7800 :) However, a voltage can be regulated, and if that regulated
voltage is held on one side of a cap, wouldn't that locally "re-zero" the
ground on the other side?? Perhaps this goes back to JH's point b) above,
by stabilizing the local ground of a single-sided amp, you stabilize the
>I prefer to think.... Hot Water Pipes.... Cold Water Pipes.... Drain Pipes.
>Now can you see why putting (lets say) separate valves from hot and cold
>>water to the drain...makes more sense than valves from hot to cold....
So the trouble is that ground is not an infinitely large pipe -- too much
water too fast and it will back up.
>Most load currents end up going from positive supply to ground... or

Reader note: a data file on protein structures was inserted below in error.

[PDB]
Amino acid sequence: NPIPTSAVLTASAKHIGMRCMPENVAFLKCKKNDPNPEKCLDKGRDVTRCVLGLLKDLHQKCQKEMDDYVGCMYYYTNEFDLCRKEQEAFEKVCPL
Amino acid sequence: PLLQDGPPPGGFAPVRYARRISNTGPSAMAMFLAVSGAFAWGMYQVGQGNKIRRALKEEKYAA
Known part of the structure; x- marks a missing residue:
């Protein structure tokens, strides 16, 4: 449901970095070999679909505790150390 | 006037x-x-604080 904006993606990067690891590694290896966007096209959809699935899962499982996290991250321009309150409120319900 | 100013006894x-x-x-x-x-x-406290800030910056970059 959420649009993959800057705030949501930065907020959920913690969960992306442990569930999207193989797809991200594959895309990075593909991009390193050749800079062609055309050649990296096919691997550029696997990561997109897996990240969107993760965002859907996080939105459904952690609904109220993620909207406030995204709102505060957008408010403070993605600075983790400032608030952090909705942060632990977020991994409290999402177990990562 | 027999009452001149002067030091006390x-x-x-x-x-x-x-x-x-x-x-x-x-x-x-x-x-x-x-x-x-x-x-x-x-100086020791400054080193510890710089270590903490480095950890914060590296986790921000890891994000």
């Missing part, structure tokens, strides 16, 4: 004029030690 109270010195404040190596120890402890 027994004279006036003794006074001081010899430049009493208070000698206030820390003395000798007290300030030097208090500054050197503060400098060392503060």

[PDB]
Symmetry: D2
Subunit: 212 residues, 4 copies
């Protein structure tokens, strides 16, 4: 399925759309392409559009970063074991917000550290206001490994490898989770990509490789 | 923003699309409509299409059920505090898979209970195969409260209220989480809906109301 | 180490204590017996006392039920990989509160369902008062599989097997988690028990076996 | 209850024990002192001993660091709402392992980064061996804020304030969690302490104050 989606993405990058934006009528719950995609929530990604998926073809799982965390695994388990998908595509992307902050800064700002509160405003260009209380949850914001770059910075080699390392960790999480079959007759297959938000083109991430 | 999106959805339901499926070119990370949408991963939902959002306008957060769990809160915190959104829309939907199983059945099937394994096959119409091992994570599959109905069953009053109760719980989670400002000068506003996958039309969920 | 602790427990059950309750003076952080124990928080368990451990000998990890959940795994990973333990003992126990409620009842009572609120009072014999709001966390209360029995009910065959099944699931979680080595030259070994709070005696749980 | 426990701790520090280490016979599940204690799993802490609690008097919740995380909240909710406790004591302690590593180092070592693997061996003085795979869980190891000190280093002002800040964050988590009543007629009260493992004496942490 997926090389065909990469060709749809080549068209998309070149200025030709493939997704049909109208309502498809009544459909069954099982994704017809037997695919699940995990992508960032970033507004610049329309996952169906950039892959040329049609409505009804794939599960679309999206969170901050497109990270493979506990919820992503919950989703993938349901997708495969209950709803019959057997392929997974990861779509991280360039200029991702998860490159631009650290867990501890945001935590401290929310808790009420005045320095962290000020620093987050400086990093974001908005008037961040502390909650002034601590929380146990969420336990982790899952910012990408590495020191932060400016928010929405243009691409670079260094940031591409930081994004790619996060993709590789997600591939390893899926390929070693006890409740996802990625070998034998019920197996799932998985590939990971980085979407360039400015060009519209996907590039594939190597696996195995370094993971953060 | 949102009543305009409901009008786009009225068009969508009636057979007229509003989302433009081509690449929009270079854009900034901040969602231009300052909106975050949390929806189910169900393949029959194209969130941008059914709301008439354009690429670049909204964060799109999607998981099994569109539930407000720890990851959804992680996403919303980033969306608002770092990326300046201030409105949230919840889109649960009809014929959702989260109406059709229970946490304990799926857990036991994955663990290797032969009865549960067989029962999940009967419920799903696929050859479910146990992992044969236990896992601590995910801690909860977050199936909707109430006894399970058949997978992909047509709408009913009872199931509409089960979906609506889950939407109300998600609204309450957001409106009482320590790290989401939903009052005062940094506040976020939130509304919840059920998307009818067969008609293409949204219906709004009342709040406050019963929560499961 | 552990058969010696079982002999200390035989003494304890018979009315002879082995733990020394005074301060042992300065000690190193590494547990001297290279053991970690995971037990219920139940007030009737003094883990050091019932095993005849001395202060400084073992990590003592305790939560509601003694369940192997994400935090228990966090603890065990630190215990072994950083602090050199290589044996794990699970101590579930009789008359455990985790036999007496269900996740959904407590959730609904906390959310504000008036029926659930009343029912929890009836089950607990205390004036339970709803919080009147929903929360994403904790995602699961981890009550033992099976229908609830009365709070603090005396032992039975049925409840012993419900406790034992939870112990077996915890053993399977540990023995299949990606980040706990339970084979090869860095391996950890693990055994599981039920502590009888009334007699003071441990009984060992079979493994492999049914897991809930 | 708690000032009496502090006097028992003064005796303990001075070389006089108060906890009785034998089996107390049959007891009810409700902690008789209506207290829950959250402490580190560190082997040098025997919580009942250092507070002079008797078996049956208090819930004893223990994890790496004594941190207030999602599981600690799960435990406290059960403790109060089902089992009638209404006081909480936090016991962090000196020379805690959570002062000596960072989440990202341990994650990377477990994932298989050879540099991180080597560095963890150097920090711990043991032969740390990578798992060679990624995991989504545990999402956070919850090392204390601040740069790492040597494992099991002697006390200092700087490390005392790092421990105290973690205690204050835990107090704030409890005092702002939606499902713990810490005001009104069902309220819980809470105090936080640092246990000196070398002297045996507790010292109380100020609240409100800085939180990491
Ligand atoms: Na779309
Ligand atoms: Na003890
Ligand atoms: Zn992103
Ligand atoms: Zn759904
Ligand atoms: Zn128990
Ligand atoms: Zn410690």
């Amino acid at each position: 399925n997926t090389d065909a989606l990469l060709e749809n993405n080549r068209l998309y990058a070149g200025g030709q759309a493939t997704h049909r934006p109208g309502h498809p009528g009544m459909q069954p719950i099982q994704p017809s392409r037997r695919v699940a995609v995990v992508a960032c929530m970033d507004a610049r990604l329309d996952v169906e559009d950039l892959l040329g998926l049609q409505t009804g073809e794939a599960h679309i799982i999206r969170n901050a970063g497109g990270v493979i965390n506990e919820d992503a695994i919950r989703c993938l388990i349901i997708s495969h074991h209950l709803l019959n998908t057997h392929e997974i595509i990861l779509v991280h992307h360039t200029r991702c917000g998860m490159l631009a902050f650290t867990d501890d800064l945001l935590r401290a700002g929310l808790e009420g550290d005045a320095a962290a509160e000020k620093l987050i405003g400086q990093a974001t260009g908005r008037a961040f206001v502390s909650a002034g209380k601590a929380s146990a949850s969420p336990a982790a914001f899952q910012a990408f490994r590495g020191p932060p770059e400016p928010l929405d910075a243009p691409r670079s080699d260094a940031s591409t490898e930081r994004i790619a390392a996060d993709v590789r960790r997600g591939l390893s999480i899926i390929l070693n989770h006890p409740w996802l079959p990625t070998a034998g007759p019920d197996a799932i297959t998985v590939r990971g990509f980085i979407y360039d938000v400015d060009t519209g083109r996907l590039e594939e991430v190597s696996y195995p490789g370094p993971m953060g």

>>negative supply to ground... so thats where the decoupling caps belong.
I think Roman's point was that the load is across the rails for an op-amp
using a bipolar supply.
>Some rare cases have the load current going across the rails... I often run
>relays in my audio designs across the rails, rather than from one rail to
>>ground. Decoupling these from rail to rail makes sense (and I do).
>> >Isn't it more justified to use single cap just across power rails?
>> I've seen that used in synth circuits, and it is the basis of IC sockets
>> with built-in bypass caps.
>Au countaire... these sockets have the decoupling cap across pins 7 and
>>14...or 8 and 16... which screams that they are for 4000 series CMOS, or
>>HC, HCT, etc logic families with single supplies...
Good call :) I had a feeling they weren't for op-amps because there aren't
any 8-pin decoupling sockets, and dual op-amps are very popular. I hadn't
considered that they weren't across pins 4 and 11, either.
More information about the Synth-diy